Chiang Mai International Airport (CNX) handles both domestic and regional international flights. The route from Bangkok is one of the busiest in the country (Thai Airways flies daily almost every hour, with additional flights in the peak tourist season). Other airlines operating direct services from/to Chiang Mai include:
- Air Asia - from/to Bangkok; also Kuala Lumpur (Malaysia)
- Air Mandalay - from/to Myanmar
- Bangkok Airways - to Ko Samui (flights from Ko Samui are indirect) and from/to Sukhothai; also Jinghong (China)
- China Airlines - from/to Taipei, Taiwan
- Hong Kong Express - from/to Hong Kong
- Lao Aviation - from/to Laos
- Nok Air - from/to Bangkok, Mae Hong Son & Udon Thani
- One-Two-Go (part of Orient Thai Airlines ) from/to Bangkok
- SGA - from/to Chiang Rai (once daily) and Pai (once daily)
- Silk Air - from/to Singapore
- Thai Airways - from/to Bangkok and Mae Hong Son; also Kunming (China); in addition, flights from and/or to Phuket & possibly Nan may also be available seasonally
- Tiger Airways - from/to Singapore
The airport is some 3km south-west of the city centre, only 10-15 minutes away by car. Legal airport taxis charge a flat 140 baht for up to 5 passengers anywhere in the city; if you take a metered taxi, the fee will start from 40 baht + a 50 baht service fee from the Meter Taxi counter. The taxis operate from the exit at the north end of the terminal - after baggage claim and/or customs, walk into the reception hall and turn left. Alternatively, take bus #4 to the city center for 15 baht, or charter a tuk-tuk or songthaew for 50-60 baht. Most hotels and guesthouses offer cheap or free pick-up/drop-off services.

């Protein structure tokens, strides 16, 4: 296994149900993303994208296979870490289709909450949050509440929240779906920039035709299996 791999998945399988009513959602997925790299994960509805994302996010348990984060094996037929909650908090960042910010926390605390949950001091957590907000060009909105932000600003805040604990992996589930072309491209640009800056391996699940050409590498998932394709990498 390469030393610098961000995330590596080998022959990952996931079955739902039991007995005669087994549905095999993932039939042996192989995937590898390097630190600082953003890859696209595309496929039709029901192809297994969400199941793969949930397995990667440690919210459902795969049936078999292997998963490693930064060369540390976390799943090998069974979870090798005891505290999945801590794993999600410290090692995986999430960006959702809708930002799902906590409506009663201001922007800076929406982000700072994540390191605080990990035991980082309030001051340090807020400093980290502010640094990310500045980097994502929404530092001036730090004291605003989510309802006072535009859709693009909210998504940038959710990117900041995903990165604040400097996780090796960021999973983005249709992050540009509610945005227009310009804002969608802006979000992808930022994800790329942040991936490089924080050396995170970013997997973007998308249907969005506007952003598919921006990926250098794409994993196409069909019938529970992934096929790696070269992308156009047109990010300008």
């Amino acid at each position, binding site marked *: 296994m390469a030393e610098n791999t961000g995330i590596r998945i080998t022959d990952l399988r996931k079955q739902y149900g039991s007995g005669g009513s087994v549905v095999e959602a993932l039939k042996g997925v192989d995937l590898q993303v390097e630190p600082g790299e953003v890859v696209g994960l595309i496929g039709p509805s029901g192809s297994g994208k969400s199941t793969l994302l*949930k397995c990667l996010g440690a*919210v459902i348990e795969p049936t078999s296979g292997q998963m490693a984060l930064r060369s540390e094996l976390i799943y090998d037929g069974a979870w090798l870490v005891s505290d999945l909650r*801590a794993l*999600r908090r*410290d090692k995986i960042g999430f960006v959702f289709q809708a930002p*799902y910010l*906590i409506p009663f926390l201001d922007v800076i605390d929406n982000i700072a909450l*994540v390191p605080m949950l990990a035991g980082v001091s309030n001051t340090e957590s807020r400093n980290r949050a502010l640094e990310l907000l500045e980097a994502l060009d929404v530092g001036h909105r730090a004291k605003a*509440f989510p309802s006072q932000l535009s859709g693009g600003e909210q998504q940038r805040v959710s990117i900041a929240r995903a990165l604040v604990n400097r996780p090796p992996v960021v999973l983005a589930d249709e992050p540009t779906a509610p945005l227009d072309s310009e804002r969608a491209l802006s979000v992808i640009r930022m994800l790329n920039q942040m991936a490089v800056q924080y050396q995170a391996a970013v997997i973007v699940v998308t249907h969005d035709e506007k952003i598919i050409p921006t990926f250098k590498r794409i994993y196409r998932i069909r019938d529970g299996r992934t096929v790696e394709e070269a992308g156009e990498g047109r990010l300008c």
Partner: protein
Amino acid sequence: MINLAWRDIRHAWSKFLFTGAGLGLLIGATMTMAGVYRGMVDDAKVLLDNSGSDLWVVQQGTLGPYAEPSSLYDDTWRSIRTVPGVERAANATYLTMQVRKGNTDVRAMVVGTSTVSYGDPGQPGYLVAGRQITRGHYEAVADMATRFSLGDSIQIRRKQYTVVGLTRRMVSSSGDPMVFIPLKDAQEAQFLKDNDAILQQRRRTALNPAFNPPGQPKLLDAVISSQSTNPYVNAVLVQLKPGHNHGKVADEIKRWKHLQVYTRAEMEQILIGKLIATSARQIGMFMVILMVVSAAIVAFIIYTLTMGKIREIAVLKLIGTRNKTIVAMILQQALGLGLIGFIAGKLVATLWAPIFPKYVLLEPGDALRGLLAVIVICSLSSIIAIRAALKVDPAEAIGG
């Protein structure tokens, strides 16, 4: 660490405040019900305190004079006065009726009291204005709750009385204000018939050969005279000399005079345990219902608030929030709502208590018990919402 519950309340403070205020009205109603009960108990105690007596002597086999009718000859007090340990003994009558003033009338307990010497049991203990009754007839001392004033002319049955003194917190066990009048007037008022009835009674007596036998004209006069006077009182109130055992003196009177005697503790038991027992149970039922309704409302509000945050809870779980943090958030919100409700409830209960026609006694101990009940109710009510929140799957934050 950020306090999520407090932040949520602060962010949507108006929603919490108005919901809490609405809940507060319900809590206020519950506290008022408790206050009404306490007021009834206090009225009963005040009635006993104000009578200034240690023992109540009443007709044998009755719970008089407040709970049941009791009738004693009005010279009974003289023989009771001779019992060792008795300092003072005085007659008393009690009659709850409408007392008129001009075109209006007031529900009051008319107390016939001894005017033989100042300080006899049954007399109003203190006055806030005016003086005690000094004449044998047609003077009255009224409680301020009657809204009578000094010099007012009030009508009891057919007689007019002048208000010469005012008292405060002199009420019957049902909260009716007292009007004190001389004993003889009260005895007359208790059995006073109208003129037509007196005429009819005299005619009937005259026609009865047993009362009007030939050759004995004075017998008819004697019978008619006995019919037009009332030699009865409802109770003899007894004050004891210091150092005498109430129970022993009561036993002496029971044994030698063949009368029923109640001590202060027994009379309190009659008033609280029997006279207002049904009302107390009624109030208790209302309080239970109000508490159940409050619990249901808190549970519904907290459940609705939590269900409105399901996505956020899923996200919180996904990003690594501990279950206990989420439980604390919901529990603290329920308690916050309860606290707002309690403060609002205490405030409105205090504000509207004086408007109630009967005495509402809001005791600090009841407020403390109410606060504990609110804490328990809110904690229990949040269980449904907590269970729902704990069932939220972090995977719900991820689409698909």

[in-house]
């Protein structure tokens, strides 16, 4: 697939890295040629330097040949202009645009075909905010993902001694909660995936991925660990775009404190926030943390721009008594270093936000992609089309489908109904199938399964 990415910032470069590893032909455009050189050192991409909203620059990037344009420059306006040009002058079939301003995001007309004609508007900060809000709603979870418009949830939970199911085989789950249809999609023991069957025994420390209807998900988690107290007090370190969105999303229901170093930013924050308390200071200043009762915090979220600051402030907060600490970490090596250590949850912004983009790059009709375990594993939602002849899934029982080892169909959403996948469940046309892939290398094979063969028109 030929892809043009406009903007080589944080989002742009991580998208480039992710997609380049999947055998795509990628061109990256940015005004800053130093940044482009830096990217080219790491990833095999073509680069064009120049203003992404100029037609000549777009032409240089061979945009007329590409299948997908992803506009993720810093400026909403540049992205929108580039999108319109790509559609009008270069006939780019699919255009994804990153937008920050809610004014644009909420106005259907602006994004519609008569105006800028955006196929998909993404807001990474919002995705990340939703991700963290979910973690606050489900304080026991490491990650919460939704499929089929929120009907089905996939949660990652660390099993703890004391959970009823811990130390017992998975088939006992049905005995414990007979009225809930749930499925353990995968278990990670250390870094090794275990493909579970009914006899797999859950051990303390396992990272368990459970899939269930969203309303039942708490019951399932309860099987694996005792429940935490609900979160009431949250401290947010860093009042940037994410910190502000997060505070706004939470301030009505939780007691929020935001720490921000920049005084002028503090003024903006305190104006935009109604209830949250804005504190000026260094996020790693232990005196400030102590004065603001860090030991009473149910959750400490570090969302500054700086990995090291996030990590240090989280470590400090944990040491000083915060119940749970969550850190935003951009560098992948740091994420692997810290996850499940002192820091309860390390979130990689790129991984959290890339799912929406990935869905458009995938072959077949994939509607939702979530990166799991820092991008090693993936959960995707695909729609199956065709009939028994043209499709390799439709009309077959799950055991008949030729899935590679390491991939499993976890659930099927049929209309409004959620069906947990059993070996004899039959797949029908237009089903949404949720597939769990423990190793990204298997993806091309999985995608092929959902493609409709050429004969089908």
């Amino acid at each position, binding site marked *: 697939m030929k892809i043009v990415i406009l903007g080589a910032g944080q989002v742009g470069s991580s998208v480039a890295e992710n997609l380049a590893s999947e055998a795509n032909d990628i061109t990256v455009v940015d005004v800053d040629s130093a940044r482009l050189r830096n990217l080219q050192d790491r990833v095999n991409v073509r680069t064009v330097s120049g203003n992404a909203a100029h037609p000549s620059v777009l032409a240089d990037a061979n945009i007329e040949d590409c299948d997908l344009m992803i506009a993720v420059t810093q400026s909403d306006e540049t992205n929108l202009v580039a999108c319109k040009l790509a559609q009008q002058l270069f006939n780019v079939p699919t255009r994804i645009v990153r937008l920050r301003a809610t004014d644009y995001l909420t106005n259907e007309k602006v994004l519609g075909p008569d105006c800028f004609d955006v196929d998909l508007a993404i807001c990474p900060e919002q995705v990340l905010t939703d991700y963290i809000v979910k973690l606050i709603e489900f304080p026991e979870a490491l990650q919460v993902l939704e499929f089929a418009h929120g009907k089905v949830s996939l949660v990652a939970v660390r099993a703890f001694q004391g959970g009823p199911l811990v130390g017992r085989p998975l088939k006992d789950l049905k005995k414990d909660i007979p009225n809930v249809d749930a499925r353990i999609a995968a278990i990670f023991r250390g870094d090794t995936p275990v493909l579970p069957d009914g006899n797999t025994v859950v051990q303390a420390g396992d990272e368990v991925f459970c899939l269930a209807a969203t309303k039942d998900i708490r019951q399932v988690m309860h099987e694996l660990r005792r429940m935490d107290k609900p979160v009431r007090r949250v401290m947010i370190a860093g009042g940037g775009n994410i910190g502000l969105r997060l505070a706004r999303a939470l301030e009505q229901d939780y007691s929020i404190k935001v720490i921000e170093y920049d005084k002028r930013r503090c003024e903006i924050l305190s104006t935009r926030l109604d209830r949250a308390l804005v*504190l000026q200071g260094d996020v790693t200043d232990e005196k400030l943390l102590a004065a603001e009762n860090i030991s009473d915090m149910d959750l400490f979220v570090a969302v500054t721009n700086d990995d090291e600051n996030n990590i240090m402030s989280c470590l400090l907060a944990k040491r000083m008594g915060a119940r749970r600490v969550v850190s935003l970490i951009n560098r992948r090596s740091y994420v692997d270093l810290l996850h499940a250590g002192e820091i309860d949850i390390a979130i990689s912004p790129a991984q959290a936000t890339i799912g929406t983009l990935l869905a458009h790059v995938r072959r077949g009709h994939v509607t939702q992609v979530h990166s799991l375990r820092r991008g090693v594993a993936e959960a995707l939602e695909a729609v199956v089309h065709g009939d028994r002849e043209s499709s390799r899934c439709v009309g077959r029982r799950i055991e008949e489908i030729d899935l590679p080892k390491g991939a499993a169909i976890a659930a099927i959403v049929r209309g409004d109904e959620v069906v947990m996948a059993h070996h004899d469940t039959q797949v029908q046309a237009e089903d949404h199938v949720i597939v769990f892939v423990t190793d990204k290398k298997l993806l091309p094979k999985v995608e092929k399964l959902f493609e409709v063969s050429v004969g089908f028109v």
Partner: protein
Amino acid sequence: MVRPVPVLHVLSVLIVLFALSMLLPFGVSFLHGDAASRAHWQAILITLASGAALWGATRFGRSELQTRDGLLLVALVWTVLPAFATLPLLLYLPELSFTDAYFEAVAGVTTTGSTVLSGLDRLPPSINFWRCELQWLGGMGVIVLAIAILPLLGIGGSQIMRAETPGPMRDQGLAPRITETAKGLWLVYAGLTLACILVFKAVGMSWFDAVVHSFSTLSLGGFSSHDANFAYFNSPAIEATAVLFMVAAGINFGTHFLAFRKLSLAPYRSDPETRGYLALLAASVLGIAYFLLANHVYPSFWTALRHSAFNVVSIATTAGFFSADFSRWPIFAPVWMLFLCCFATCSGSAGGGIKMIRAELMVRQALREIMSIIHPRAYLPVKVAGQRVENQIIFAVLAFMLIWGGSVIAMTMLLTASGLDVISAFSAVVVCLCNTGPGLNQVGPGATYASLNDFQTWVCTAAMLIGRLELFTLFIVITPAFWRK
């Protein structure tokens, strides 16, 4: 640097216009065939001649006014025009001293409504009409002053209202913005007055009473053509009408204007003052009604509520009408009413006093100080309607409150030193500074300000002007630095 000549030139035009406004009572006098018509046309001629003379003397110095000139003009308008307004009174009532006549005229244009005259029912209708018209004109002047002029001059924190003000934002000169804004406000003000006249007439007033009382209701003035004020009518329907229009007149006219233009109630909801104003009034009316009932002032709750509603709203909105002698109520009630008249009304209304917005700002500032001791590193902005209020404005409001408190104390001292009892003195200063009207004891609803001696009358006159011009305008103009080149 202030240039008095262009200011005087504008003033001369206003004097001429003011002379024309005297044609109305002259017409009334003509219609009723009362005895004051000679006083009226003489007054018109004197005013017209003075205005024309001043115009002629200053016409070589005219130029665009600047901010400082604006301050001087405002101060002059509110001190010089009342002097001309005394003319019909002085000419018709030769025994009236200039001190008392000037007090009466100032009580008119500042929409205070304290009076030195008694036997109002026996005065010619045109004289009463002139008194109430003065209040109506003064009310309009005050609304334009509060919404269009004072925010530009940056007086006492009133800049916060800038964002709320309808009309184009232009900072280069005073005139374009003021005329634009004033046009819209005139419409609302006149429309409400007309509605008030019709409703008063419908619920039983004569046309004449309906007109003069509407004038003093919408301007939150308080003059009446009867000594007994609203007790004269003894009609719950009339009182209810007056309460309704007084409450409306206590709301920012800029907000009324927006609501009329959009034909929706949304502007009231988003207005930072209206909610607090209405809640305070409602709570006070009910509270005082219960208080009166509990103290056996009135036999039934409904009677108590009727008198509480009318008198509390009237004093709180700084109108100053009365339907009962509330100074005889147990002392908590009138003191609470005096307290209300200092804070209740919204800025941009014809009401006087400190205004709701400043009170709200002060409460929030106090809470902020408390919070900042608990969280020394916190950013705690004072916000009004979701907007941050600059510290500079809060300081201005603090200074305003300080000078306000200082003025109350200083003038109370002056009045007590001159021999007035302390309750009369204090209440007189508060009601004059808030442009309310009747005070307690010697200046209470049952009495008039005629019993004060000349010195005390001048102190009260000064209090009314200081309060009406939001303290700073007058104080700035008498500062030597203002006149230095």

Buses to Chiang Mai leave from Bangkok's Northern Bus Terminal (Moh Chit). The cheapest, non-aircon, stop-everywhere government buses take around 12 hours; non-stop VIP 24-seaters manage the trip in 9 hours on a good day. Chiang Mai also has good bus connections to practically everywhere in the North, and major destinations/hubs in the North-East (Isaan); there's even a direct service to Pattaya and Rayong in the East.
Various rapid, express and sleeper services leave from Bangkok's Hualamphong Train Station, taking 12-15 hours depending on the service selected. Sprinter trains are entirely second class air-con, have no sleeper berths, and are the only ones which cannot transport bicycles. Daytime trains are entirely second and third class, with no sleeper berths; the first "overnight" train of the day departs Chiang Mai at 14:50 and arrives in Bangkok at 05:30.
The overnight trains - especially second class sleeper berths - are very popular, safe, comfortable and fun, and good value too - sleeper fares start at 531 baht for an upper berth in a 2nd class fan carriage. 2nd class lower berths are slightly more expensive than, but also slightly wider than, upper berths; air-con is of course a little more expensive than non-aircon. Those who wish to avoid sharing the relatively basic second class "bathroom" facilities can book a private first class two-berth cabin (the attendant cleans the first class bathrooms frequently).
Tickets can be purchased up to 60 days in advance; advance booking is advisable year-round, but especially between November and March - see SRT timetables and prices.
SRT charges 90 baht to transport a bicycle between Bangkok and Chiang Mai.